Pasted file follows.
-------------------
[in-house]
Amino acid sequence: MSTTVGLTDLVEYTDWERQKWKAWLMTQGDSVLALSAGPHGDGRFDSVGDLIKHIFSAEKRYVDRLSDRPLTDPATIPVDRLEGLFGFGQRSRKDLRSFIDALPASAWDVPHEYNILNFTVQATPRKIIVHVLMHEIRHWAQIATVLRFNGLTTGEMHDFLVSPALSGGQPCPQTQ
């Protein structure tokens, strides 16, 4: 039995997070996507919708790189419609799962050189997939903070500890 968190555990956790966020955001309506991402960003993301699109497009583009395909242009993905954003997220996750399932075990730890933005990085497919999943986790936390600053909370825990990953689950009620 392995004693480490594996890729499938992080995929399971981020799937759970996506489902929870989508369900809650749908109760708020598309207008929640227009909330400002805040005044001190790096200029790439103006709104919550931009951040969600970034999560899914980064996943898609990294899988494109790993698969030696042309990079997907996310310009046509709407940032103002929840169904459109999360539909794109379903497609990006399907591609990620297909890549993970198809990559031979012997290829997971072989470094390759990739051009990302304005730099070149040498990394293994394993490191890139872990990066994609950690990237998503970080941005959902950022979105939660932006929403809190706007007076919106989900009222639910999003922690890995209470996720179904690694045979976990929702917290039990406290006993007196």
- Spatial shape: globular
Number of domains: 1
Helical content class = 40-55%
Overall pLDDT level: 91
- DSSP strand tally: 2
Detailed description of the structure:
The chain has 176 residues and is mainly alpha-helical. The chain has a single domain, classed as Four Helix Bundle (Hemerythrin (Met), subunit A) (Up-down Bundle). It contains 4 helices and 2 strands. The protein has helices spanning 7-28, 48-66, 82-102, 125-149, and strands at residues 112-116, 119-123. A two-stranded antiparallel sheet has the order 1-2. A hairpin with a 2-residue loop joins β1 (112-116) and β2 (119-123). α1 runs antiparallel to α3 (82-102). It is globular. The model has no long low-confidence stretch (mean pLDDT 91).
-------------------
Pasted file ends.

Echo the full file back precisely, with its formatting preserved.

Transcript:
[in-house]
Amino acid sequence: MSTTVGLTDLVEYTDWERQKWKAWLMTQGDSVLALSAGPHGDGRFDSVGDLIKHIFSAEKRYVDRLSDRPLTDPATIPVDRLEGLFGFGQRSRKDLRSFIDALPASAWDVPHEYNILNFTVQATPRKIIVHVLMHEIRHWAQIATVLRFNGLTTGEMHDFLVSPALSGGQPCPQTQ
């Protein structure tokens, strides 16, 4: 039995997070996507919708790189419609799962050189997939903070500890 968190555990956790966020955001309506991402960003993301699109497009583009395909242009993905954003997220996750399932075990730890933005990085497919999943986790936390600053909370825990990953689950009620 392995004693480490594996890729499938992080995929399971981020799937759970996506489902929870989508369900809650749908109760708020598309207008929640227009909330400002805040005044001190790096200029790439103006709104919550931009951040969600970034999560899914980064996943898609990294899988494109790993698969030696042309990079997907996310310009046509709407940032103002929840169904459109999360539909794109379903497609990006399907591609990620297909890549993970198809990559031979012997290829997971072989470094390759990739051009990302304005730099070149040498990394293994394993490191890139872990990066994609950690990237998503970080941005959902950022979105939660932006929403809190706007007076919106989900009222639910999003922690890995209470996720179904690694045979976990929702917290039990406290006993007196």
- Spatial shape: globular
Number of domains: 1
Helical content class = 40-55%
Overall pLDDT level: 91
- DSSP strand tally: 2
Detailed description of the structure:
The chain has 176 residues and is mainly alpha-helical. The chain has a single domain, classed as Four Helix Bundle (Hemerythrin (Met), subunit A) (Up-down Bundle). It contains 4 helices and 2 strands. The protein has helices spanning 7-28, 48-66, 82-102, 125-149, and strands at residues 112-116, 119-123. A two-stranded antiparallel sheet has the order 1-2. A hairpin with a 2-residue loop joins β1 (112-116) and β2 (119-123). α1 runs antiparallel to α3 (82-102). It is globular. The model has no long low-confidence stretch (mean pLDDT 91).